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In August, the Near-Term Tax Free Fund rose 0.62 percent, while the benchmark Barclay’s 3-Year Municipal Bond Index rose 0.24 percent. The Barclay’s Municipal Bond Index rose 1.21 percent for the month. The returns in the municipal market were robust in August, continuing a winning streak for fixed income generally, and municipals specifically. See complete fund performance here.
Fixed-income markets rallied in August as the European Central Bank (ECB) unexpectedly lowered interest rates and provided a roadmap for roughly $1 trillion in quantitative easing (QE) over the next two years. With global yields falling, U.S. fixed-income securities look attractive, which includes municipals.
U.S. economic data has generally been better than expected. Second-quarter real GDP was higher, revised to 4.2 percent. The employment report continues to show consistent, steady gains with 209,000 nonfarm payrolls added in July. Consumer confidence continues to hit multi-year highs and is at the highest level since late 2007. Housing indicators continue to be mixed but overall were net positive in August. New home sales fell 2.4 percent in July, but housing starts and building permits were robust rising 15.7 percent and 8.1 percent, respectively. Housing activity has disappointed since the Federal Reserve’s QE taper announcement more than a year ago due to a combination of higher mortgage rates and higher housing prices.
The Fed tapered its QE program by an additional $10 billion during the late-July Federal Open Markets Committee meeting, and is expected to exit the program by the end of October. The Fed appears committed to taper unless economic data deteriorates significantly. To balance the risk to the economy, the Fed remains committed to an ultra-low Fed Funds rate as long as needed. The current consensus forecast is for an interest rate hike in mid-2015.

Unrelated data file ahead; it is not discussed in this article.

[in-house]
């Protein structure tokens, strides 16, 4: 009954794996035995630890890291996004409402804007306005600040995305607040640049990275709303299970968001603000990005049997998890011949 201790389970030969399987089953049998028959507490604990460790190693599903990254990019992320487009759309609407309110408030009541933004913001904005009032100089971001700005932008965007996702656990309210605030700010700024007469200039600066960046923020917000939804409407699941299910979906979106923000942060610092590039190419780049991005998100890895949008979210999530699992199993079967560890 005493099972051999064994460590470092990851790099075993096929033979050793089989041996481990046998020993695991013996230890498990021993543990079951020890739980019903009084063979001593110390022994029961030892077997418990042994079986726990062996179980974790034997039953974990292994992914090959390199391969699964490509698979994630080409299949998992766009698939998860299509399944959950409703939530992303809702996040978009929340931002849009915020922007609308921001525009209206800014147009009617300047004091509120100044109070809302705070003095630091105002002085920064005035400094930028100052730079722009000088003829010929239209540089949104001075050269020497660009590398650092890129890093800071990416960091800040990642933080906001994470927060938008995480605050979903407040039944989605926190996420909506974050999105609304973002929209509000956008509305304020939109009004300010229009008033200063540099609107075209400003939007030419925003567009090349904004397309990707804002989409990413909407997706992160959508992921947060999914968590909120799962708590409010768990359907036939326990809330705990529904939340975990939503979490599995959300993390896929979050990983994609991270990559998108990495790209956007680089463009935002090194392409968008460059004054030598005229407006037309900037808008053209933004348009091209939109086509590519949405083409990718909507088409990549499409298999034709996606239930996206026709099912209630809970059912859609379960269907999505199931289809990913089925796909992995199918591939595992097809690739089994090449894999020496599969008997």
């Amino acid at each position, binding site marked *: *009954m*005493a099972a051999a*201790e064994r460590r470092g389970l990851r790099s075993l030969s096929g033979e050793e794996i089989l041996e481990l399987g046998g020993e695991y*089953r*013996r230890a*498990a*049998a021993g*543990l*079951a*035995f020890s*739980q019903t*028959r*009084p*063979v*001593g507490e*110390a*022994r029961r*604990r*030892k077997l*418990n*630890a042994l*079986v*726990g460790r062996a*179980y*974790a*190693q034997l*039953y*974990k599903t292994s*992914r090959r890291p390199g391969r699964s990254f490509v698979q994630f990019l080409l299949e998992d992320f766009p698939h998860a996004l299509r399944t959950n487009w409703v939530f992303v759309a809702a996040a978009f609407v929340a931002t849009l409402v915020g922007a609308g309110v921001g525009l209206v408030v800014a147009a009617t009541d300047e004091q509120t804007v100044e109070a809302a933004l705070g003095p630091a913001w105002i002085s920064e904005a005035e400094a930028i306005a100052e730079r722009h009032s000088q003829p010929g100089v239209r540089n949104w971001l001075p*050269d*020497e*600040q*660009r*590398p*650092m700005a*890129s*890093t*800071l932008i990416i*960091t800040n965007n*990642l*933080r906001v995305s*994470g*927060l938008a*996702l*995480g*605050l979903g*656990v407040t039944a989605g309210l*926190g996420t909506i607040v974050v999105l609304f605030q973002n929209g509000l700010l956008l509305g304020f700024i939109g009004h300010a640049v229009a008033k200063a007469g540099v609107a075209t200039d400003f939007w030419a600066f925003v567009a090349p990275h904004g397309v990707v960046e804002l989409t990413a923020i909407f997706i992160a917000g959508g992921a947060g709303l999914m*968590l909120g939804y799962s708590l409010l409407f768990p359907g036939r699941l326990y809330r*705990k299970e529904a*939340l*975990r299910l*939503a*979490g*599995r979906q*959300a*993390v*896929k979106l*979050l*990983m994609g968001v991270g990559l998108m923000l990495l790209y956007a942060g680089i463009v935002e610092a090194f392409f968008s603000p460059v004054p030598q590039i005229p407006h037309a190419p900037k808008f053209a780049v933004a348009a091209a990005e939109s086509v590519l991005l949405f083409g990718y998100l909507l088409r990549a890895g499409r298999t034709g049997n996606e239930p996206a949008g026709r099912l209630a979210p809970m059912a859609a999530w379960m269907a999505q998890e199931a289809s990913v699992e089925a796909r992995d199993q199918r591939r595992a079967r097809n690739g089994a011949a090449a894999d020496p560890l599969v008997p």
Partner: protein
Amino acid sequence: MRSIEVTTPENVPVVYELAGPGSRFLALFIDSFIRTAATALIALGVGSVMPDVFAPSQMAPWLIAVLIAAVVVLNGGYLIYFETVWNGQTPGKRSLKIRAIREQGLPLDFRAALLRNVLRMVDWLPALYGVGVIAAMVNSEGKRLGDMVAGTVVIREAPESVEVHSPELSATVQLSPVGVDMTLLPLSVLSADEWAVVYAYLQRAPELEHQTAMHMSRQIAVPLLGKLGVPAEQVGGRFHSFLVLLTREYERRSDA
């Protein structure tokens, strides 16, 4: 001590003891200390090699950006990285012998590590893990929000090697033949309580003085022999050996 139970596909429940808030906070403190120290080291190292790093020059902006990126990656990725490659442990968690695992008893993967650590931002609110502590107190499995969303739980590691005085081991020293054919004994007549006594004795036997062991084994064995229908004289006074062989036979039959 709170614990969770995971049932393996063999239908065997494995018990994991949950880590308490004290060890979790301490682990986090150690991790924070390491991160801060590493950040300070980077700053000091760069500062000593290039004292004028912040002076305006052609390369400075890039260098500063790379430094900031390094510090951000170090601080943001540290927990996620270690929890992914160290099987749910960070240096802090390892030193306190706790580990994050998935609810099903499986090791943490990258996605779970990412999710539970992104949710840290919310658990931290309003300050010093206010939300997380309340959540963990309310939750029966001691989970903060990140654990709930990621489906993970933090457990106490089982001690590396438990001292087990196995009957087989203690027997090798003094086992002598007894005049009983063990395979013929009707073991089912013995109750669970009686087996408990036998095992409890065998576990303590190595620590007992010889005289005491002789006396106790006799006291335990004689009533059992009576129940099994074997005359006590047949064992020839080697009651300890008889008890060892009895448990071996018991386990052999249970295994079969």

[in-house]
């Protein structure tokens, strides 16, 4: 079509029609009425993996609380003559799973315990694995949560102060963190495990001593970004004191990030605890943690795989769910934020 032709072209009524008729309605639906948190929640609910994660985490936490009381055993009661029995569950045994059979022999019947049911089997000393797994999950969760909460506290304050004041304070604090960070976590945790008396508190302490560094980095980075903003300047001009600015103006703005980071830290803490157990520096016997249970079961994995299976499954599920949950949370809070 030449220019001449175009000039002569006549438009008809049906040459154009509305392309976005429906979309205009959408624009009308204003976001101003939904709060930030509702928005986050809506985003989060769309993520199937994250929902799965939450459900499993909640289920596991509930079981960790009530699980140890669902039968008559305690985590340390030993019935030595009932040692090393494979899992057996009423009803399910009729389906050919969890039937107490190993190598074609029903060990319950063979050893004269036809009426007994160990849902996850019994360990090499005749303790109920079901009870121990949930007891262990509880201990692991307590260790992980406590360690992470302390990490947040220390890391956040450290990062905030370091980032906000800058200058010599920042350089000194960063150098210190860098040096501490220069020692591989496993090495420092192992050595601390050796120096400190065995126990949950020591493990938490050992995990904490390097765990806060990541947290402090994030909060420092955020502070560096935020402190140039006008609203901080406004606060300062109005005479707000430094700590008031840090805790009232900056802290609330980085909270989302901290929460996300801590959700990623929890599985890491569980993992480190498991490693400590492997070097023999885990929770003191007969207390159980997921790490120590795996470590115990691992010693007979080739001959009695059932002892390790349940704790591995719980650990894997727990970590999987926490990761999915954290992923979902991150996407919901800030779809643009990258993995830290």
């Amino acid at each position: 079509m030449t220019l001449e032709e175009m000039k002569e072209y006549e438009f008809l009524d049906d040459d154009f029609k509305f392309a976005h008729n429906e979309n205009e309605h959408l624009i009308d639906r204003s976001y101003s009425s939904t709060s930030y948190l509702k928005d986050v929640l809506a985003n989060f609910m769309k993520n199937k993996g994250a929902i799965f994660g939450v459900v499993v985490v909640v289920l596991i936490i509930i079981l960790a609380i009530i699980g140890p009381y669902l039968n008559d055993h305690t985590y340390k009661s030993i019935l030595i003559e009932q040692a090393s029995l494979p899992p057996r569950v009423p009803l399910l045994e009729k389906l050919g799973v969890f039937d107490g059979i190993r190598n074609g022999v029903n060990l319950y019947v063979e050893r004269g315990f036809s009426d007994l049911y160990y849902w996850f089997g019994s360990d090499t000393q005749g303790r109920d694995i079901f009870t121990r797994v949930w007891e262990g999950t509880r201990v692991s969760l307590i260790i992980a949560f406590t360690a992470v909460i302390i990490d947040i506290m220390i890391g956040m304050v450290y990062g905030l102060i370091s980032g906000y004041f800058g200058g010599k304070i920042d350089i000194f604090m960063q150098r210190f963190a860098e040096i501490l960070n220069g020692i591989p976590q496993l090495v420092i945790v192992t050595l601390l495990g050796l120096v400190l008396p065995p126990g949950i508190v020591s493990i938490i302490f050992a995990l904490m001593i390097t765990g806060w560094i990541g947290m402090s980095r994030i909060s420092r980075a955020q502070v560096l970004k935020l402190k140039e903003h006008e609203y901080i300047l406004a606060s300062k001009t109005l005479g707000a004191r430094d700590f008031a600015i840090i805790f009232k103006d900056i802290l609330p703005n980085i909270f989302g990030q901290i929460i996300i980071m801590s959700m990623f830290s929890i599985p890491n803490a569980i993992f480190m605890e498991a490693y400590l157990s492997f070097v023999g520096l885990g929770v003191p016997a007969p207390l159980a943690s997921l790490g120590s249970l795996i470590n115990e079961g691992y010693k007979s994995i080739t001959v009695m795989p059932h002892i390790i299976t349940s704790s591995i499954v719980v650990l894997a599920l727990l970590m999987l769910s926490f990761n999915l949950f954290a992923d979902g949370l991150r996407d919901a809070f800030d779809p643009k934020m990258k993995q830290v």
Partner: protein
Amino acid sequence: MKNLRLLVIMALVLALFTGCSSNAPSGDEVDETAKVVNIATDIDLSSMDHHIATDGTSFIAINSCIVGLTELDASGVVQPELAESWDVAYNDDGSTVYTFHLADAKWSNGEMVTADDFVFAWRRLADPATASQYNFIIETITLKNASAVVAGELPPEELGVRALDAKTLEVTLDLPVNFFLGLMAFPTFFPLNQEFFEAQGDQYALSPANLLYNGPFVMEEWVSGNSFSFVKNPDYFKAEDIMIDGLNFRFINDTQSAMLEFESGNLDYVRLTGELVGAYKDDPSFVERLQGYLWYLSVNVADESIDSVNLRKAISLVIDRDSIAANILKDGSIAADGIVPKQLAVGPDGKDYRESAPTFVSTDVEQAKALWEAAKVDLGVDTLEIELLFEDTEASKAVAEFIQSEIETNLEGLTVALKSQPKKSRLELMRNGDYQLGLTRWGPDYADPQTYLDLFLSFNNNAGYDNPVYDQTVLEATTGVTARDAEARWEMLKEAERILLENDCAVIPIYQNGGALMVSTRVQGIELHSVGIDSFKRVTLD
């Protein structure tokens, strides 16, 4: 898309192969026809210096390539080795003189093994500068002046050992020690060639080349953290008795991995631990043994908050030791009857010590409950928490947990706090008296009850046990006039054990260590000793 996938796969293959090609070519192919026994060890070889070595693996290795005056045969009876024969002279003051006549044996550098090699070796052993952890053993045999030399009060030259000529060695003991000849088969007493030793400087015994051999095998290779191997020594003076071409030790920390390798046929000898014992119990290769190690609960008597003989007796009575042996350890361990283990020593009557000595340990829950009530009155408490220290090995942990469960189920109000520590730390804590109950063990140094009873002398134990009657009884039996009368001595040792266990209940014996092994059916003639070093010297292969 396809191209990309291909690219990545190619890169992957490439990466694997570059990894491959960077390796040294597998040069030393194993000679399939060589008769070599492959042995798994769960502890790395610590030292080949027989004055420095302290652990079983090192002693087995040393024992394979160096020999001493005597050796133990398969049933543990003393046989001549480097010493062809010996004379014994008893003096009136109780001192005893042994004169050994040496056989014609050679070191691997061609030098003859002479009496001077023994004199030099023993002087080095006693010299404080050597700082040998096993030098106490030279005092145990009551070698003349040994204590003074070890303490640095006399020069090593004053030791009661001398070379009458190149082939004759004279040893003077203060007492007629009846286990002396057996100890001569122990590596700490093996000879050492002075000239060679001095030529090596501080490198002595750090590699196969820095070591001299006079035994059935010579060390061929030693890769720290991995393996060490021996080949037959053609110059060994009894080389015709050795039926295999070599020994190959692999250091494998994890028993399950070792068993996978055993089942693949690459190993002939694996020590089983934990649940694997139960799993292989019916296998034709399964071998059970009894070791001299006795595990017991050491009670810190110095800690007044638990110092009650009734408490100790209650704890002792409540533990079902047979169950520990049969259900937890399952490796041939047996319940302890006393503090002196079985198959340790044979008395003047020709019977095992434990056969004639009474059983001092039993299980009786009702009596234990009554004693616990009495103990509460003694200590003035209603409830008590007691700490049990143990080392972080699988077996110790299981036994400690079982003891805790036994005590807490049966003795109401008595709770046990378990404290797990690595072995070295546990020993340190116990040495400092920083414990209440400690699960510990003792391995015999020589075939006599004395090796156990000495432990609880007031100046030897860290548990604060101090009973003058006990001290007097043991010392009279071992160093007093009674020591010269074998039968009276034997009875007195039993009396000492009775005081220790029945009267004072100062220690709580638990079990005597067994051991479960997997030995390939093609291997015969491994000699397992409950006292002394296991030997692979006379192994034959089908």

In specialty-state trading, for the second month in a row returns were uniform except for Puerto Rico and other U.S. territories which outperformed; this trend has been in place for several months now. Puerto Rico municipals rose 2.50 percent in August after falling 5.41 in July on concern that recently passed legislation in Puerto Rico would allow for some of the commonwealth’s agencies to default. Other territories rallied on Puerto Rico’s woes as they carry the same triple-tax exemption and are currently viewed as better credits. As a group, revenue bonds outperformed general obligation credits. Within the revenue universe, hospitals, transportation and industrial development-backed bonds outperformed. High yield or “junk” bonds were strong, rising 3.13 percent. Within the investment grade universe, lower quality outperformed, as AAA-rated credits underperformed BBB-rated bonds by 16 basis points.
Past performance does not guarantee future results.
All opinions expressed and data provided are subject to change without notice. Some of these opinions may not be appropriate to every investor.
Bond funds are subject to interest-rate risk; their value declines as interest rates rise. Tax-exempt income is federal income tax free. A portion of this income may be subject to state and local income taxes, and if applicable, may subject certain investors to the Alternative Minimum Tax as well. The Near-Term Tax Free Fund may invest up to 20% of its assets in securities that pay taxable interest. Income or fund distributions attributable to capital gains are usually subject to both state and federal income taxes. The Near-Term Tax Free Fund may be exposed to risks related to a concentration of investments in a particular state or geographic area. These investments present risks resulting from changes in economic conditions of the region or issuer.